The conventional surgical strategy for treatment of mandibular asymmetry is to perform orthognathic surgery after growth has ended. The procedure always includes bilateral mandibular osteotomy and usually maxillary osteotomy as well. Severe asymmetry is a therapeutic challenge and outcomes are often not optimal. This has encouraged the authors to develop their current treatment strategy in which they aim to correct asymmetry by DO during adolescence and subsequent, appropriate orthopaedic/orthodontic treatment. At the authors’ institution, all children with JIA are referred for an evaluation of their TMJs. If they have any clinical signs of arthritis or growth deviations, they are initially treated with occlusal splints to curb the effect of TMJ arthritis on their mandibular growth and dentoalveolar development. All are closely monitored with collection of anamnestic and clinical data throughout their growth period. If growth is severely impaired, the option of DO is presented. The principal concerns regarding DO treatment of JIA patients are the uncertainty of the extent of the negative functional effects of distraction and the permanency of the treatment result which, if not permanent, may give rise to further TMJ changes. The aim of the present prospective study is to present the results in terms of functional symptoms and clinical findings of unilateral internal mandibular DO in 23 asymmetric patients with JIA presenting with unilateral arthritis in the TMJ.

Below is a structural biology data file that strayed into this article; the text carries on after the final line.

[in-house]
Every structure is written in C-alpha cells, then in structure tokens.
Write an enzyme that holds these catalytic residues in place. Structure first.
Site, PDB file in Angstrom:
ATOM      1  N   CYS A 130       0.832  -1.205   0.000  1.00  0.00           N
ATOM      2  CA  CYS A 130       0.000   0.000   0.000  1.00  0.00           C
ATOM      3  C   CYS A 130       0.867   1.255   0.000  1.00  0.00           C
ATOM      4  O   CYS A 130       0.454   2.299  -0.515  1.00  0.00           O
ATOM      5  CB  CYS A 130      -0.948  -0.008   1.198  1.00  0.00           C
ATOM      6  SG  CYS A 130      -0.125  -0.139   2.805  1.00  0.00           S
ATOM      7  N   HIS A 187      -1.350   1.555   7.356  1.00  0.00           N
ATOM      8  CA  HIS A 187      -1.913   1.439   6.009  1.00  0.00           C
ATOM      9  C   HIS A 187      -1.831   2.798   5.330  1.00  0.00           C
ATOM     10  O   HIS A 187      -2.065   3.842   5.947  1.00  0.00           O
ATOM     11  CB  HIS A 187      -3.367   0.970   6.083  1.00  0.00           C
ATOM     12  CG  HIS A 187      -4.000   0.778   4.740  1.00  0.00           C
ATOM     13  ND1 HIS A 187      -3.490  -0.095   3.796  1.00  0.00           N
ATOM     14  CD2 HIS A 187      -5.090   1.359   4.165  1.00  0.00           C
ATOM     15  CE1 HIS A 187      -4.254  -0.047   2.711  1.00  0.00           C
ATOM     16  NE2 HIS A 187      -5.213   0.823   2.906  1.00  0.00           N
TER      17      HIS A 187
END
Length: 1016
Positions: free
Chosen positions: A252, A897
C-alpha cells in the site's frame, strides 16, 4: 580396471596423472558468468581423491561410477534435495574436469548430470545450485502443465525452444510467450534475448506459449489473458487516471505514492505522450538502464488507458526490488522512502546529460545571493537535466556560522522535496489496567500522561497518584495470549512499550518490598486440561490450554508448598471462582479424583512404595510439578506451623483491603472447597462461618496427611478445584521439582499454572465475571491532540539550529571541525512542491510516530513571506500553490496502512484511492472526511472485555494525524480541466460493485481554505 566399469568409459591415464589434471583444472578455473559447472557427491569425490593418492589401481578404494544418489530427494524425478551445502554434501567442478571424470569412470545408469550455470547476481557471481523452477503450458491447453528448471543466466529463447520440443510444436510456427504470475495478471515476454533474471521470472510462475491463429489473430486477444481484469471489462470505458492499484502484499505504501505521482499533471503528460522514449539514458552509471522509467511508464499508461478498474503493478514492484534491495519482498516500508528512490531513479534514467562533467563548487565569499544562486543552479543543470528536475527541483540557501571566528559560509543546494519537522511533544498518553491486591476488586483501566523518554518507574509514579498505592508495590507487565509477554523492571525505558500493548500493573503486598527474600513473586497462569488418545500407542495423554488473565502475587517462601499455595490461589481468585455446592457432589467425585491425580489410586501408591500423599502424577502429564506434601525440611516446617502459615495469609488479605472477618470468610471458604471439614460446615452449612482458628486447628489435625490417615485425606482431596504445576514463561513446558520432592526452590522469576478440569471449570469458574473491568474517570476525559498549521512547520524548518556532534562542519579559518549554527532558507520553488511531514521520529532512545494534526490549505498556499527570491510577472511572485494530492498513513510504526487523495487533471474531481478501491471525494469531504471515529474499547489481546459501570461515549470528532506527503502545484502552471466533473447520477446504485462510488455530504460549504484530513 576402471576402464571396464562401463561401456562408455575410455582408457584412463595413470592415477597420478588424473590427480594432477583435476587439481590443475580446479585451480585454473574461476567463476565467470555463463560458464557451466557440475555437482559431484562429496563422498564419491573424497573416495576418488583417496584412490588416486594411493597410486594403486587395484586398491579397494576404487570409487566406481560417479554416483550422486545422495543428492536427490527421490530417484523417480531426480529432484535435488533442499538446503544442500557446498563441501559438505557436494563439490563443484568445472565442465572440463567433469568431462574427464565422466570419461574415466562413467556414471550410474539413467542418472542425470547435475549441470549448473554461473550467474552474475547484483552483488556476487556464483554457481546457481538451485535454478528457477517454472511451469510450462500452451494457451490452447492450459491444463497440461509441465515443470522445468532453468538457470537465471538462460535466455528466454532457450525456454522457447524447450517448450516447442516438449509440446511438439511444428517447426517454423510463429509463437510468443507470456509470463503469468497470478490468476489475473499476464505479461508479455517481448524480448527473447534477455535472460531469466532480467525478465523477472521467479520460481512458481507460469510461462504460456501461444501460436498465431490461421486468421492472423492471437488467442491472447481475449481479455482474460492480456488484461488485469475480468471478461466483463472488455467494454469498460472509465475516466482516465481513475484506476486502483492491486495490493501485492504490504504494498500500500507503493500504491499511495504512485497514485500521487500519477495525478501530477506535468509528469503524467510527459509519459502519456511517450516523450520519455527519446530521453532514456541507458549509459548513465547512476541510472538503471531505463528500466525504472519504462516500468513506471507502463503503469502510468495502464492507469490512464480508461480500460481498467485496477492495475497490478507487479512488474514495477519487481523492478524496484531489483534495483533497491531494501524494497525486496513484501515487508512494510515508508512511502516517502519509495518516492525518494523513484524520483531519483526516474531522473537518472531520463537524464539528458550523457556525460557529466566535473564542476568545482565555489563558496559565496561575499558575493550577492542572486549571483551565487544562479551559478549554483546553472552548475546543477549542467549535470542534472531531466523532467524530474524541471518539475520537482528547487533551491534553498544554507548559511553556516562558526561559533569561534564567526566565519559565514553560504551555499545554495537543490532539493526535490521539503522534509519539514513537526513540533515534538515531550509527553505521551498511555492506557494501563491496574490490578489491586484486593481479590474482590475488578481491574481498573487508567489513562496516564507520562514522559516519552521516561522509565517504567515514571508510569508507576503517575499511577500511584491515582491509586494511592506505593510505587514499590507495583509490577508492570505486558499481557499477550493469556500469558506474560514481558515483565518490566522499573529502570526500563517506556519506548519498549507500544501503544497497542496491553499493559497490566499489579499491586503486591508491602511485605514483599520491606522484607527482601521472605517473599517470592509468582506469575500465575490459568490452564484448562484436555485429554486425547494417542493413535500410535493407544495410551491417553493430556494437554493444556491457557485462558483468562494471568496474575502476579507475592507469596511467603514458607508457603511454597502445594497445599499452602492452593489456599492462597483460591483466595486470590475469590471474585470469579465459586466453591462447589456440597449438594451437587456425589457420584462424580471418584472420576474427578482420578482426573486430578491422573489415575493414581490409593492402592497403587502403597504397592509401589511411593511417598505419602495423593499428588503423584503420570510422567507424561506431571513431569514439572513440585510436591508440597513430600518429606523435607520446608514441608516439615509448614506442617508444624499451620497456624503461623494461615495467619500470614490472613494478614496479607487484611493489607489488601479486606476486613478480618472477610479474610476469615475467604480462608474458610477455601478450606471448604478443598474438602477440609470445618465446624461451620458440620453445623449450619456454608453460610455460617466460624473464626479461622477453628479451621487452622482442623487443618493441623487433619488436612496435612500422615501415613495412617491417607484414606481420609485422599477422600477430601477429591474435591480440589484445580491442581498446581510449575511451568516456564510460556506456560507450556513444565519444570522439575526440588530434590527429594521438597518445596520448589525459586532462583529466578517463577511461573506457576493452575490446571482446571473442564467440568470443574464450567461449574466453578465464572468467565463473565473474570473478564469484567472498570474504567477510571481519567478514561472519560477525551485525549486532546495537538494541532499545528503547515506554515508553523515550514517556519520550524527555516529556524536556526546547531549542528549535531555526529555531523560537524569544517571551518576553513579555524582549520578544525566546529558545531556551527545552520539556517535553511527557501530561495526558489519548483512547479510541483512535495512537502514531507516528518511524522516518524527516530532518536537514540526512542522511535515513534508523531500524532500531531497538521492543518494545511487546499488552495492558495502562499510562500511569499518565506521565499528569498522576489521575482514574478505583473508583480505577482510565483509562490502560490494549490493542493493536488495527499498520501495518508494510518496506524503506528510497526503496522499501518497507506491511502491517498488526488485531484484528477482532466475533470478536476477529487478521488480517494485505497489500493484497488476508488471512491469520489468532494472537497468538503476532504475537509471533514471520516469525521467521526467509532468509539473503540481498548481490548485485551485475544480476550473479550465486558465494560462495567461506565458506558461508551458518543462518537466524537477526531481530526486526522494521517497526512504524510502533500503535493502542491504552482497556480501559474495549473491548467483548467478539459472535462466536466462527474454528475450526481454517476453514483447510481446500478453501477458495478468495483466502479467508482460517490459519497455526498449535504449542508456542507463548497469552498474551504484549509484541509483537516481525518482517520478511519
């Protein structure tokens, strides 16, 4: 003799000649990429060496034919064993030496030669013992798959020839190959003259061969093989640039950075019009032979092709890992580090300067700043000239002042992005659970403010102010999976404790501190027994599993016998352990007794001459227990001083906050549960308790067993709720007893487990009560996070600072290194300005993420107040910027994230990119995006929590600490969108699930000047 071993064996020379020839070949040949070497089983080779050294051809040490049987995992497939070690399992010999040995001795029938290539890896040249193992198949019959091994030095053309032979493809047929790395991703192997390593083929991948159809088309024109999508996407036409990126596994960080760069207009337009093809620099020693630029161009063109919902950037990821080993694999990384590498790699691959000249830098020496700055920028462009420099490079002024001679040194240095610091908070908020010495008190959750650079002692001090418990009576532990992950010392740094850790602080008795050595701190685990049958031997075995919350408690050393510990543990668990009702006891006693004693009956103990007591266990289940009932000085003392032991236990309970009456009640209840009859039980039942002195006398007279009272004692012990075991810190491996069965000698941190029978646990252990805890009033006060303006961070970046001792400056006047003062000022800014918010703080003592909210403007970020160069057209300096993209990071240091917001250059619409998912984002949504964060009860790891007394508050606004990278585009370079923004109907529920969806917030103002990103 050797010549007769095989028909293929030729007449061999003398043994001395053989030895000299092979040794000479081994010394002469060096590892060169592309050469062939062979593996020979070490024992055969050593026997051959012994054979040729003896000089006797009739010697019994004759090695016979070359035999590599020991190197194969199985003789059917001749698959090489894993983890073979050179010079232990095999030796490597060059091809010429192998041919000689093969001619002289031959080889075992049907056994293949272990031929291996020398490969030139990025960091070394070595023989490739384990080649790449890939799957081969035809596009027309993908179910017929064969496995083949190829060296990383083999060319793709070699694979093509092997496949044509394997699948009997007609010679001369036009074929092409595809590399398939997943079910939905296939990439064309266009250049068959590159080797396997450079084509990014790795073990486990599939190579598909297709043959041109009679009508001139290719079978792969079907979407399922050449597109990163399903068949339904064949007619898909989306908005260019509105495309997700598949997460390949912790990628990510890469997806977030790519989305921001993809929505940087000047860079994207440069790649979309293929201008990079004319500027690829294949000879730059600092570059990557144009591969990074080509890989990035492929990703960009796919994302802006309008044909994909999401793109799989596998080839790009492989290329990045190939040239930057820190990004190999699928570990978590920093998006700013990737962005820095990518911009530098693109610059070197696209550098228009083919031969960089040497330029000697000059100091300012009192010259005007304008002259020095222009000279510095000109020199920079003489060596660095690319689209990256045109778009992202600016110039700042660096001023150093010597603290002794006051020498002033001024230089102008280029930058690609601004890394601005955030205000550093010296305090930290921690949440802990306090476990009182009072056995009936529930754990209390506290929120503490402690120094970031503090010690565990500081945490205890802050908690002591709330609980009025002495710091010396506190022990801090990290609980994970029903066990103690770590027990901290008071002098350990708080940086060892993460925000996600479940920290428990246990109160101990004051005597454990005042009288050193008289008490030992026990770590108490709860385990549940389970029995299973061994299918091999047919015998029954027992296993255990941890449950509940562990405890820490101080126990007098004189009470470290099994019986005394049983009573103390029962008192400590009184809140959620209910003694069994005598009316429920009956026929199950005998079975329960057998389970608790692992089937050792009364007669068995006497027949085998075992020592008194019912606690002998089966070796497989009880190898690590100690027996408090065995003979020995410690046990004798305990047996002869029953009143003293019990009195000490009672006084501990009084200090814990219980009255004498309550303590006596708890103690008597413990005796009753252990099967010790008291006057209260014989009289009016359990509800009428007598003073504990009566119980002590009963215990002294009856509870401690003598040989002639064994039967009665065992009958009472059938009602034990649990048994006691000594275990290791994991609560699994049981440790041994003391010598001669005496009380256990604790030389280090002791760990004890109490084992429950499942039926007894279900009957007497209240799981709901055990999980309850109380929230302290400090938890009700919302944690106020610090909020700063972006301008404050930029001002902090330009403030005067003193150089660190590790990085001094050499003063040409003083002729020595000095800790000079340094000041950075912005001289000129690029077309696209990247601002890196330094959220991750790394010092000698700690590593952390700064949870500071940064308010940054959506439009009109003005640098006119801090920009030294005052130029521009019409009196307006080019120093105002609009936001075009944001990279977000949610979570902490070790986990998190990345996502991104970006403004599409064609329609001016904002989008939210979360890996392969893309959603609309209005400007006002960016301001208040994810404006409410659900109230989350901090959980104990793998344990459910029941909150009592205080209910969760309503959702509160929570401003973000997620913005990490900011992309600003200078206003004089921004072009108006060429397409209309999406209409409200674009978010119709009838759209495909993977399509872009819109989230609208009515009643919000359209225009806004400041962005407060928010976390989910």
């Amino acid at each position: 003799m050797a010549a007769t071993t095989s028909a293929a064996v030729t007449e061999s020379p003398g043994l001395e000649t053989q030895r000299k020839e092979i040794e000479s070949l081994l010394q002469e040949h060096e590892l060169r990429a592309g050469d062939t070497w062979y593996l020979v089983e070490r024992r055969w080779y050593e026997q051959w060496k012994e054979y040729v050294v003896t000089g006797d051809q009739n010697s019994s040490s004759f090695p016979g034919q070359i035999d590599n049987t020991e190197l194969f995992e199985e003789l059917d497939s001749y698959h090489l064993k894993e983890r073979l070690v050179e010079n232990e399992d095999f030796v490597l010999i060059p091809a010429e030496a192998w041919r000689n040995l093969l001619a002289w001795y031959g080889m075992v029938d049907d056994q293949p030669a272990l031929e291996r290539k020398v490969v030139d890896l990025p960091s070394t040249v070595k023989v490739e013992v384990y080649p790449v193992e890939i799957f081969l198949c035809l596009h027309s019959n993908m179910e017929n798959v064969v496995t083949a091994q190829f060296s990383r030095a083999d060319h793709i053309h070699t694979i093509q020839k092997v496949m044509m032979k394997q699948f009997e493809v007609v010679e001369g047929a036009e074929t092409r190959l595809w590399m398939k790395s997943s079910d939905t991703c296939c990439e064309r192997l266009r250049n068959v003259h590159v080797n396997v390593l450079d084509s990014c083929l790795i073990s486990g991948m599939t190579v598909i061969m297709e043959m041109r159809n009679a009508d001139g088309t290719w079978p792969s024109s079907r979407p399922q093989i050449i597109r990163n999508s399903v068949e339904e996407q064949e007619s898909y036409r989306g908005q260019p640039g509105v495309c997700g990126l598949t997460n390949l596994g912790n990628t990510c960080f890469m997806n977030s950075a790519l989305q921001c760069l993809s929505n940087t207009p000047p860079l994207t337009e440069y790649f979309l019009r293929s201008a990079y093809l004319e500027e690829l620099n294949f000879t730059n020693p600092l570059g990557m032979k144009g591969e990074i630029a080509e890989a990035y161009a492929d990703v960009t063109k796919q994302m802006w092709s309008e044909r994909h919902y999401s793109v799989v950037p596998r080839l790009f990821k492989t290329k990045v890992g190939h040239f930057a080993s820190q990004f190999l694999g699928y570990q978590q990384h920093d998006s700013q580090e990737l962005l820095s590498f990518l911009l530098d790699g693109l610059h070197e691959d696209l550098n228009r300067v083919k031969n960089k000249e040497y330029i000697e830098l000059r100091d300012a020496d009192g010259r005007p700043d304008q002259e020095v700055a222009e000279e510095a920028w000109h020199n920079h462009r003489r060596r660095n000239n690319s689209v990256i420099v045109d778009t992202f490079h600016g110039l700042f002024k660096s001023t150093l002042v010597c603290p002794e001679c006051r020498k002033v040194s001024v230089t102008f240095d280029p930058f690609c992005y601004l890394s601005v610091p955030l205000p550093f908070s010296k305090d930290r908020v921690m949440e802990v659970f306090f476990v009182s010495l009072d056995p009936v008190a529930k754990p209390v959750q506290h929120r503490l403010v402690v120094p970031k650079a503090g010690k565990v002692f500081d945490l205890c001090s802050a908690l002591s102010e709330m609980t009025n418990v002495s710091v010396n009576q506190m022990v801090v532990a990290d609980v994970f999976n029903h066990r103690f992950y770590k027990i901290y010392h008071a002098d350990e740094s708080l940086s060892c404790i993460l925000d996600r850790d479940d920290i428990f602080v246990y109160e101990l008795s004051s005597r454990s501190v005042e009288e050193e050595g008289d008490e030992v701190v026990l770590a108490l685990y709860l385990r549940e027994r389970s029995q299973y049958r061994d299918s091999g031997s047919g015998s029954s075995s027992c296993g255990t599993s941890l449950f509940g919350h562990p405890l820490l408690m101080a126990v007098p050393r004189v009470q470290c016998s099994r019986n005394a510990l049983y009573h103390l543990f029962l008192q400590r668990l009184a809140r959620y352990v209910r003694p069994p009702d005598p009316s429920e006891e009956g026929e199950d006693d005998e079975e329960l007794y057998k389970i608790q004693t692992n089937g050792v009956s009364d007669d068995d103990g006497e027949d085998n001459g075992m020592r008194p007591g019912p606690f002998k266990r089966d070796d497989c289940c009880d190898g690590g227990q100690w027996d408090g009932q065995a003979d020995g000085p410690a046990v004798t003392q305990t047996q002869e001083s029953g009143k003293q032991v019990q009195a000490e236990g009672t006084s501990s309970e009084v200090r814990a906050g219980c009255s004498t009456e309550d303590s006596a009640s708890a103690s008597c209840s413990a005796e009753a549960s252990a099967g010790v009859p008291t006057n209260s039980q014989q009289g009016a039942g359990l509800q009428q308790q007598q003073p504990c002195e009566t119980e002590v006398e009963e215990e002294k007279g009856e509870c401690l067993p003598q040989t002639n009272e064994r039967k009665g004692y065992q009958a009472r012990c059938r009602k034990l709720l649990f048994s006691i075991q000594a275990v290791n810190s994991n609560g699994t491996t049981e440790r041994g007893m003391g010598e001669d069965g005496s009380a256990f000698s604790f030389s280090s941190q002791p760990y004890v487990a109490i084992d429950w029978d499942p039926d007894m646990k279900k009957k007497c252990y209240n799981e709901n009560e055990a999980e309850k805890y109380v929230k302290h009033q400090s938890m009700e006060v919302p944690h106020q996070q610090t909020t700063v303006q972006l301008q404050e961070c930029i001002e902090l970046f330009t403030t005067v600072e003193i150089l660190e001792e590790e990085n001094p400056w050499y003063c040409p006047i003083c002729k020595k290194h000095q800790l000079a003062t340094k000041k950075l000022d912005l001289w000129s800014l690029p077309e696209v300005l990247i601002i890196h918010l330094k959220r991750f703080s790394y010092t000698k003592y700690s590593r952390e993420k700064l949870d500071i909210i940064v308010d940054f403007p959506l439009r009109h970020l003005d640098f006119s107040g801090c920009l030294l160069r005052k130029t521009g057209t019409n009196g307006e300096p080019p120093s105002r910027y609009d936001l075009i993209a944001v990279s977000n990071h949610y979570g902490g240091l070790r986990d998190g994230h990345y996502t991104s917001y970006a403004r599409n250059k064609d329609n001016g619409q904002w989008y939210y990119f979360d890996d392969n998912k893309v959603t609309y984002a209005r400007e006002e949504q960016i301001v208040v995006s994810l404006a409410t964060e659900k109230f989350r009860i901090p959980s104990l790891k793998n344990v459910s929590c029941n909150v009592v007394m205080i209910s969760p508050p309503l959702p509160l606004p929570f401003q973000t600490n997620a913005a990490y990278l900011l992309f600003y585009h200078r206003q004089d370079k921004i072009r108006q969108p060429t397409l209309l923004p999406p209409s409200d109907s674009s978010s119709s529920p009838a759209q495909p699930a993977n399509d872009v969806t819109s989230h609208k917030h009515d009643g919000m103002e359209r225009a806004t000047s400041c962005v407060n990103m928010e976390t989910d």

Materials and methods
From 1998 to 2009, 23 patients with JIA diagnosed according to the ILAR criteria underwent unilateral DO at the Department of Oral and Maxillofacial Surgery, Aarhus University Hospital ( Table 1 ).
|No. of patients||Mean||Standard deviation|